Medical maggots have been making a comeback, but it bugs wound clinicians that Canadians can’t get access to maggots the way Americans can.
Creepy as it sounds, maggots are actually very helpful in treating serious wounds. They eat dead tissue and destroy bacteria, while leaving healthy tissue untouched.
- Labrador retriever fetches top U.S. dog breed honor for record 28th year7 Pictures
- Oscars 2019: Red carpet looks and full list of winners36 Pictures
For people who are facing the horror of possible amputation, maggots can be a practical, inexpensive and efficient solution.
“Most patients with chronic, draining, stinking, limb-threatening wounds, often having already suffered weeks or months with them, recognize that 48 hours or more of maggot therapy is much less ‘icky’ and scary than their wounds,” says Dr. Ron Sherman, director of Monarch Labs in Irvine, California, which supplies maggots to hospitals in Canada and the U.S.
In order to be effective, maggots must arrive at the bedside starving and be used right away. So timing is crucial.
But here’s the snag. Health Canada recently reclassified maggots as “drugs” instead of “devices,” and this has slowed to a crawl the process of getting them across the border.
Until last year, it took about 24 hours for them to arrive. But it can now take up to three weeks, according to Christine Pearson, a B.C. nurse and board member of the Canadian Association of Wound Care, who spoke to the Canadian Medical Association Journal about the issue.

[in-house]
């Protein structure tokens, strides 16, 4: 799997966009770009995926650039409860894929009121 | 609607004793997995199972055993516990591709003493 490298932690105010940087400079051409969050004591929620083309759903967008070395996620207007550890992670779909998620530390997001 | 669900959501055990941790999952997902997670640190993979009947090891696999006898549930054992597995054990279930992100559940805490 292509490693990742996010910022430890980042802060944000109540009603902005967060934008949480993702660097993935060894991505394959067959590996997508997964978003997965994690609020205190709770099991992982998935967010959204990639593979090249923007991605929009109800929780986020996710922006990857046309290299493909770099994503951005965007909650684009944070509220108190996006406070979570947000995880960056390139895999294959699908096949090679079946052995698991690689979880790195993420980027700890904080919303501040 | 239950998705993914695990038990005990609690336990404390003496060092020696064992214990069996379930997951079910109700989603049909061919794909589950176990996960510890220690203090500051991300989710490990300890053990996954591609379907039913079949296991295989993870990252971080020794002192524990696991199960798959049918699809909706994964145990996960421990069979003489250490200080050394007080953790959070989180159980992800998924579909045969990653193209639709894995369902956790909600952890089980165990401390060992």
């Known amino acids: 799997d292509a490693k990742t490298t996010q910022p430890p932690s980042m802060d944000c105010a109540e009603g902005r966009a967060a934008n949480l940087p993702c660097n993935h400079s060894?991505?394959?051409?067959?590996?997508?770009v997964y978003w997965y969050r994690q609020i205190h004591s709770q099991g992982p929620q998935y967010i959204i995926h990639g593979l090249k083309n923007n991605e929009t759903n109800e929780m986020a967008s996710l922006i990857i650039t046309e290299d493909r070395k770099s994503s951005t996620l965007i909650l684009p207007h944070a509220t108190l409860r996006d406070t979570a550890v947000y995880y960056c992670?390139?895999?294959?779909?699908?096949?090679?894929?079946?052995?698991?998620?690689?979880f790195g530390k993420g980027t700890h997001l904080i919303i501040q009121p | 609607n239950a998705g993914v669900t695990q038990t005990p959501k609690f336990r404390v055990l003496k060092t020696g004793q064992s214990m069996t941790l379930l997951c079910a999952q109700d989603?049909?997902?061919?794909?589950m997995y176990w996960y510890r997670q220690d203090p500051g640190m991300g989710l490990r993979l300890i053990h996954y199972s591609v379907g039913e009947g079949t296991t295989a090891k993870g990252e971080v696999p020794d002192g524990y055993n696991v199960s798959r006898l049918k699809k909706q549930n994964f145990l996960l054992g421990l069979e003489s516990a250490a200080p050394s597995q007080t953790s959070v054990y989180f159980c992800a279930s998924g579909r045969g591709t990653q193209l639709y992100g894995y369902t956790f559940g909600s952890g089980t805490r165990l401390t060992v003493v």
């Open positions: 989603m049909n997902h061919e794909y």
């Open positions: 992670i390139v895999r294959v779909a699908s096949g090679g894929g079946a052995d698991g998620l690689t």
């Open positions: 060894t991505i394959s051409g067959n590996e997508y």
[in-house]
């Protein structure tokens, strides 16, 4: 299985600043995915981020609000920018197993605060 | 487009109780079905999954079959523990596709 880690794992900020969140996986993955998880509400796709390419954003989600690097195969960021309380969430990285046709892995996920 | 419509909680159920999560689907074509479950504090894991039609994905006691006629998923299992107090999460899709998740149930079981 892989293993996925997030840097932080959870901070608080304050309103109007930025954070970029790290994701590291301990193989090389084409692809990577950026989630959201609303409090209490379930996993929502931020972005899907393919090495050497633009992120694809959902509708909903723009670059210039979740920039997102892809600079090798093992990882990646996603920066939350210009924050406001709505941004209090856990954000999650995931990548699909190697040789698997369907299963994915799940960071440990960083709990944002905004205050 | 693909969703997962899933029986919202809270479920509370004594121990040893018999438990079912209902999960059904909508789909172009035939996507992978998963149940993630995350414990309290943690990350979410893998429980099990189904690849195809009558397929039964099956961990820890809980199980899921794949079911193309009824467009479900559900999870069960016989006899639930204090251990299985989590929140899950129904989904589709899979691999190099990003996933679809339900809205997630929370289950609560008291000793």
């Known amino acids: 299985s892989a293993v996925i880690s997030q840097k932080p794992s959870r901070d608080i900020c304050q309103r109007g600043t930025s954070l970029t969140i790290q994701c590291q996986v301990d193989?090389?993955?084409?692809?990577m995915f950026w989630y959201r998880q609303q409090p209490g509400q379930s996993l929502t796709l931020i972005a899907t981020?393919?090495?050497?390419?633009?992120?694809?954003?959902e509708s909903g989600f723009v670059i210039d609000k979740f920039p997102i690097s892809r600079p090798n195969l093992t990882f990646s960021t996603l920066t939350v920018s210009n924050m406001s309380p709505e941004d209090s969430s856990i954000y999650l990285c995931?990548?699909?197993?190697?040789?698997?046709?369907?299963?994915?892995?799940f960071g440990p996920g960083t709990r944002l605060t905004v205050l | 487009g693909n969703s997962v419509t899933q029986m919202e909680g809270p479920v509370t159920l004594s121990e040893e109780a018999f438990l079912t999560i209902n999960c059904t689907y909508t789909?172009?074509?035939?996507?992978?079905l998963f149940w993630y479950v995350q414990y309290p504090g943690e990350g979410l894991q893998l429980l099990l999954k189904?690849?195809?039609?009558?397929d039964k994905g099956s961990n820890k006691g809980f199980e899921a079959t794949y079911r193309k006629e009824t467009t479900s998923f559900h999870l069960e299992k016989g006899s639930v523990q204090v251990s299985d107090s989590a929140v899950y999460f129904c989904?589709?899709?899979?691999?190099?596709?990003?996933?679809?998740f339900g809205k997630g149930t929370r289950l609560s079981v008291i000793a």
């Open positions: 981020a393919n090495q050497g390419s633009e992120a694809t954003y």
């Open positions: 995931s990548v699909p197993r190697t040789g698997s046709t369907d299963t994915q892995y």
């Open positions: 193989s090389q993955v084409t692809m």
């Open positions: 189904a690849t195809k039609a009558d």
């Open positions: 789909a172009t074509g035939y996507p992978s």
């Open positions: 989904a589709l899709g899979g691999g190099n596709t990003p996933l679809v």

“The problem with shipping maggots is that they are not only live, but highly perishable. They can not be fed during their journey, or else they will no longer be ‘hungry’ and effective upon arrival at the bedside,” says Sherman.
Maggots are approved by the U.S. FDA but not Health Canada. No company in Canada can manufacture or market maggots until a large clinical trial is done here, but funding is scarce and bureaucratic red tape is abundant, according to Sherman.
Monarch has been sending medical maggots to Canada for 18 years. Last year, they received about 50 orders for maggots, by clinicians in Alberta, British Columbia, New Brunswick, Nova Scotia, Ontario and Quebec. But with the new rules, reported Pearson, ordering maggots is a big hassle for Canadian doctors and nurses.
The best solution would be to set up a maggot-producing laboratory in Canada, says Sherman, and thereby cut down on the delays and frustrations of importing creepy, crawly insects across the border.
Monarch Labs is actively seeking research funding to do Canadian clinical trials of medical maggots.
Then, Monarch would request marketing clearance “if the results are anywhere near as favourable as they have been in the U.S. studies,” he adds.